You will not be shocked to read that at the heart of Kim Nguyen’s interesting if inconsistent new film is a story involving two lovers, and a bear. But you might be surprised to discover what form that story takes. Despite its small-town location, and the swelling menace that saturates the screen when the eponymous ursine is first revealed, this is sadly not Jaws meets Grizzly Man. Instead it’s more a cross between Dr. Dolittle & The Revenant; part mystical reverie about running away from your problems, and part polemic against mankind’s polluting nature.
We open on an awe-inspiring landscape of wintry wonder, with a pair of Ski-Doos dashing through the snow; so agile they could be gliding on air. At the controls are Roman (Dane DeHaan) and Lucy (Tatiana Maslany) – our two “lovers”. They live on top of the world, literally, in a close-knit community near the North Pole. And yet, despite the breath-taking backdrops and beauty of the Northern Lights, both believe themselves to be trapped in a colourless existence where the roads lead to nowhere.
Director Kim Nguyen’s previous film, War Witch, proved him to be an impressively unpredictable filmmaker, and Two Lovers And A Bear does little to sully that reputation. Both Roman and Lucy have troubles from which they are unable to escape; he has memories lurking in the shadow of his subconscious that he drinks to forget about; she has fearful visions of a face from her childhood that she cannot outrun, no matter how hard she tries. But in lieu of confronting their past, however, this couple decide to take a leap of faith and head off into the wilderness, searching for inner peace.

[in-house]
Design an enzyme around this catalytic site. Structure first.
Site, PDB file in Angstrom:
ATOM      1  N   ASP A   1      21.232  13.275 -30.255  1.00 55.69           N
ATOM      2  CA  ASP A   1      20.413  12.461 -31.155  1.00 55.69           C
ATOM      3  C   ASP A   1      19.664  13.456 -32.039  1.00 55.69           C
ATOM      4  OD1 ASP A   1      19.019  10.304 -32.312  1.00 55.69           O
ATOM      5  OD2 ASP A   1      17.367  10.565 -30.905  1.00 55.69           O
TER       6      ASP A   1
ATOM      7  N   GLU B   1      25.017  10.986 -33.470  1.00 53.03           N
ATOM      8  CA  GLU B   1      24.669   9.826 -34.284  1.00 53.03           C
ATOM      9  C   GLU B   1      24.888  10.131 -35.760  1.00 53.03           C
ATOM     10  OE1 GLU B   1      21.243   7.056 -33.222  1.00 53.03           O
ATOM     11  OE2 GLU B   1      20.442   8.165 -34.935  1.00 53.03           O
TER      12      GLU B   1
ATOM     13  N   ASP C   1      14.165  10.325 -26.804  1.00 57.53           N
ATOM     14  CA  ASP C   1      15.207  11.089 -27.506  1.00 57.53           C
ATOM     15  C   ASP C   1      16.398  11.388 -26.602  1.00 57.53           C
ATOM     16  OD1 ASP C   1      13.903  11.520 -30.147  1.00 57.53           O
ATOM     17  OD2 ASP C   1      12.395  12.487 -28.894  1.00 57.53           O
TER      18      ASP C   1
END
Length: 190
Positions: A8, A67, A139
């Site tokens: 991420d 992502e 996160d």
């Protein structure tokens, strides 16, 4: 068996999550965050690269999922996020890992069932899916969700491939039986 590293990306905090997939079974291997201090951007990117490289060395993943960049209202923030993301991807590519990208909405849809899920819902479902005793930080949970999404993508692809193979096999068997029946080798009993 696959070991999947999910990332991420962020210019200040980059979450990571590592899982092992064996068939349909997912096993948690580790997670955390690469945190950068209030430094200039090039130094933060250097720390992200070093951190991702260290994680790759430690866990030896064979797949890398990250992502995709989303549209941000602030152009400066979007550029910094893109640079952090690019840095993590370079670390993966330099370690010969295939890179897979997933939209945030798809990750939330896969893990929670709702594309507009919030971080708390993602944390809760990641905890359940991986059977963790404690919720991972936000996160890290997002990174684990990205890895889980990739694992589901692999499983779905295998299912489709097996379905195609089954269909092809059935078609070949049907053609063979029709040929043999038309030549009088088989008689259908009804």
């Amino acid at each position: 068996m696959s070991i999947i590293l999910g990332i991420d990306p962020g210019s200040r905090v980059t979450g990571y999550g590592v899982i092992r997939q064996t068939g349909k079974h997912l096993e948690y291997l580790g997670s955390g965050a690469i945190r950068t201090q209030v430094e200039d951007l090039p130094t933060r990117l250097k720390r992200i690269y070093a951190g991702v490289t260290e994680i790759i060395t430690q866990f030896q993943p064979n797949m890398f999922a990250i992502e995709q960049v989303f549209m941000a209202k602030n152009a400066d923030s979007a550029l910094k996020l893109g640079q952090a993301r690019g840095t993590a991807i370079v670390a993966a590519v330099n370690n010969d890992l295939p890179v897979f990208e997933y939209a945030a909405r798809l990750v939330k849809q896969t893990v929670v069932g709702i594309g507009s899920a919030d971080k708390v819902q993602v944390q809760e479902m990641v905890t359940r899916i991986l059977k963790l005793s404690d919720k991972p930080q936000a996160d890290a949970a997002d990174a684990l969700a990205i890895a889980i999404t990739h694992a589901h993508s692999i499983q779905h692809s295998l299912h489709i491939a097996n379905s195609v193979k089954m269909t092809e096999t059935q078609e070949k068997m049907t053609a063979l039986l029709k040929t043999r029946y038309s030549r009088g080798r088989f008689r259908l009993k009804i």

Nguyen’s ambitious approach juxtaposes various tonal shifts. His set-up is slow & shivery, the eerie notes of Jesse Zubot’s slithering score crafting an atmosphere of psychological intimidation that perfectly amplifies the mental isolation of the two leads. Once they head out into the ether of this snowy environment though, the mood swings towards a more spiritual tenor; the transcendent scenery, shot with a crisp grandeur by DP Nicolas Bolduc, imbued with a healing energy and spiritual warmth – an aura augmented by the arrival of a polar bear (voiced with worldly acuity by Gordon Pinsent) who can communicate with Roman, an early left-field reveal that sits so well in a film of such unique conception.
On occasion these artistic impressions are met with an icy reception – an extended visit to an underground military bunker, in which the whole film briefly transforms into The Chernobyl Diaries, is particularly misguided. As is the power of love narrative thrust that helps shape the conclusion; although that’s more down to the performances of Maslany & DeHaan – who lack both chemistry and a sexual spark when together, and individually struggle to carry many of the script’s weightier moments.
What distracts from such stumbles is the strength of Nguyen himself, who carefully compounds the plot with an ecological subtext – the splendour of the setting hauntingly contrasted with the squalor and debris of man’s mess, seen piled high alongside the settlement’s makeshift paths. As a film it’s a chilly curiosity, but it’s certainly an oddly compelling one.
Director: Kim Nguyen
Stars: Tatiana Maslany, Dane DeHaan, Gordon Pinsent
Runtime: 96 mins